Plant layout (or process flow) in a typical commercial extrusion facility.

2.1. Extrusion of spur gears

Manufacturing of gears depends on the machinery available, customer requirements (design specifications), cost of production, and type of material from which the gear is to be made. There are many methods for manufacturing gears, including metal removal (machining), casting, tamping and fine blanking, cold drawing and extrusion, powder metallurgy, injection molding, gear rolling, and forging. Most of these processes are suited for gears with low wear requirements, low power transmission, and relatively low accuracy of transmitted motion. When the application involves higher values of one or more of these characteristics, forged or machined gears are used [7, 8].

The process of cold drawing and extrusion requires the least tool expenditure for mass production of spur gear-toothed gear elements. It is extremely versatile, and almost any desired tooth form can be produced. A bar/billet is pulled (drawn) or pushed (extruded) through a series of several dies, the last having the final shape of the desired tooth form. Since the material is displaced by pressure, the outside surface is work-hardened and quite smooth. After passing through the dies, the bars (or blanks) are known as pinion rods. They are often put into screw machines that finish the individual gears. Any material that has good drawing properties, such as high-carbon steels, brass, bronze, aluminum, and stainless steel, may be used for the drawn pinion rod [9, 10].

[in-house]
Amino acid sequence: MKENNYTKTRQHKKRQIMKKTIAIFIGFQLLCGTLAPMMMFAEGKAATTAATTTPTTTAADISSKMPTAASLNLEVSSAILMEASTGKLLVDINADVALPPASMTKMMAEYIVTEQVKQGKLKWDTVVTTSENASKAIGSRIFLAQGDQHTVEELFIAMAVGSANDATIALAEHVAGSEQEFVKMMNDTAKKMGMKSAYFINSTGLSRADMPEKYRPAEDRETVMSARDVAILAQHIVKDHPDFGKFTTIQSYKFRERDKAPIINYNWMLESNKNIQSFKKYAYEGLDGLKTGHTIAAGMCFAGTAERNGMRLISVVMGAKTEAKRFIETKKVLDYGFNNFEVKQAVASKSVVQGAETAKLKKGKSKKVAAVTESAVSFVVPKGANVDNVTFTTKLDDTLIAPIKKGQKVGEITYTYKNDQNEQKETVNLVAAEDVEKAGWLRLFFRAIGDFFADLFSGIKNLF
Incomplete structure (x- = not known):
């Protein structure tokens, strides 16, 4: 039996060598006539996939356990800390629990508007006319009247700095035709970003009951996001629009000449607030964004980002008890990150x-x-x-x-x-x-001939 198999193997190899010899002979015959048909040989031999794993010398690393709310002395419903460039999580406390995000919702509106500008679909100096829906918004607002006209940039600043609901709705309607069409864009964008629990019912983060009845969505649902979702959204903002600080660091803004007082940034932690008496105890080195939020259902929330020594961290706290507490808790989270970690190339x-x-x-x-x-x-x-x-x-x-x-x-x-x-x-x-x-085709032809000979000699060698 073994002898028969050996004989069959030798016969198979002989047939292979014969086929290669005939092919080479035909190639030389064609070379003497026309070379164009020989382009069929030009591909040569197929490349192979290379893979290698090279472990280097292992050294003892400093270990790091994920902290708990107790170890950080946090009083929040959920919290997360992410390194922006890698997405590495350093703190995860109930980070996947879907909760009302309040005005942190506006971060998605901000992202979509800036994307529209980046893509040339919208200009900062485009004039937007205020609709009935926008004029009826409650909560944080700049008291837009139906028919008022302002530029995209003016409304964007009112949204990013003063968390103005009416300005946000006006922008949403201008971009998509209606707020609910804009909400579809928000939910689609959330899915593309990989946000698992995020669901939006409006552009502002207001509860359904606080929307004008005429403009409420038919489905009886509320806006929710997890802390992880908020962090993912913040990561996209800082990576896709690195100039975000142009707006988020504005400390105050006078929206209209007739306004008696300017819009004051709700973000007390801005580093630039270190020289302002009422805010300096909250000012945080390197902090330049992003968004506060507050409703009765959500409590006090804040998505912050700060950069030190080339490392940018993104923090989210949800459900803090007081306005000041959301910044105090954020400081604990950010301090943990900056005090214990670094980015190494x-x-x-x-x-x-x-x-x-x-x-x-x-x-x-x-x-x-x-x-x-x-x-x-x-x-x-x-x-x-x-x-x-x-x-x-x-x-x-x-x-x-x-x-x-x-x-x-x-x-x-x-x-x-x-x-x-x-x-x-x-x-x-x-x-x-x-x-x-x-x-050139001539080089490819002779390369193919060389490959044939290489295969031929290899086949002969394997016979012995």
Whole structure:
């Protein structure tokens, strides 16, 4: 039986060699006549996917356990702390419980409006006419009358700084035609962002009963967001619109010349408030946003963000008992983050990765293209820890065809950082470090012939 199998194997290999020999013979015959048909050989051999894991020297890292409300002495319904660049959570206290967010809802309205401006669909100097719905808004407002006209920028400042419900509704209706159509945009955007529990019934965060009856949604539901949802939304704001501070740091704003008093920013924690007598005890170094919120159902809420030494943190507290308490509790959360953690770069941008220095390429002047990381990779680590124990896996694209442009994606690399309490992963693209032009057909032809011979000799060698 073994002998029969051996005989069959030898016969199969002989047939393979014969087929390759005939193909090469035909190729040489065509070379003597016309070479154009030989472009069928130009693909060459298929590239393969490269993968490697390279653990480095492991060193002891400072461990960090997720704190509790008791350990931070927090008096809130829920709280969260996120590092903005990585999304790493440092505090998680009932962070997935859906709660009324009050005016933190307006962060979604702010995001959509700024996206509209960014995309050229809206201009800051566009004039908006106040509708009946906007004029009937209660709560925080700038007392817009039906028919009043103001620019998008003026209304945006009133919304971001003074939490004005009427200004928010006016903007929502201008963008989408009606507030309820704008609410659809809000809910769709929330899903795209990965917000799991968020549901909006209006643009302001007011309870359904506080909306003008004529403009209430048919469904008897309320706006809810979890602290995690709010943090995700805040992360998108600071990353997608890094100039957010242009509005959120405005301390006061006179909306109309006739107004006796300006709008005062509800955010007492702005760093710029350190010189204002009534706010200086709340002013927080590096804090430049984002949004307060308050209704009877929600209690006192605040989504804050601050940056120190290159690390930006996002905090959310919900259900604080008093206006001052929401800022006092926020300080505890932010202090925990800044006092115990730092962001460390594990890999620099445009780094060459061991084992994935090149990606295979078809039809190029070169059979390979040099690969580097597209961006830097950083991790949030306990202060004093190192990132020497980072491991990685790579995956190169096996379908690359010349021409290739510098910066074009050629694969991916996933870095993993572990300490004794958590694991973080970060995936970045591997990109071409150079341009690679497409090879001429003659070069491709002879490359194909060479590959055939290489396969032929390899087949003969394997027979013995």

Gears and pinions manufactured by this process have a large variety of applications and have been used on watches, electric clocks, spring-wound clocks, typewriters, carburettors, magnetos, small motors, switch apparatus, taximeters, cameras, slot machines, all types of mechanical toys, and many other parts for machinery of all kinds [11, 12].

2.2. Solid tubular expansion

In “direct extrusion,” the ram pushes the billet material through the die cavity in such a way that the ram and the product move in the same direction. During “indirect extrusion,” the die remains stationary, while the billet and the container move together, and the movement of the ram and the billet is in opposite directions. One novel adaptation of indirect extrusion is the process of tube expansion [13]. In solid expandable tubular (SET) technology, a metal tube (or pipe) is expanded by pushing (or pulling) a conical mandrel (die) through it [14]. Unlike commercial direct extrusion carried at higher temperatures, tube expansion is a type of cold (room temperature) extrusion process. In-situ expansion of petroleum tubulars has recently found many applications in the oil and gas drilling and development industry [15], especially for enhanced oil recovery (EOR). SET-based techniques such as water shutoff, zonal isolation, slim well design, etc. make production possible from old and depleted wells, and result in huge savings in material, time, and cost.

2.3. Stiff vacuum extrusion/extrusion briquettes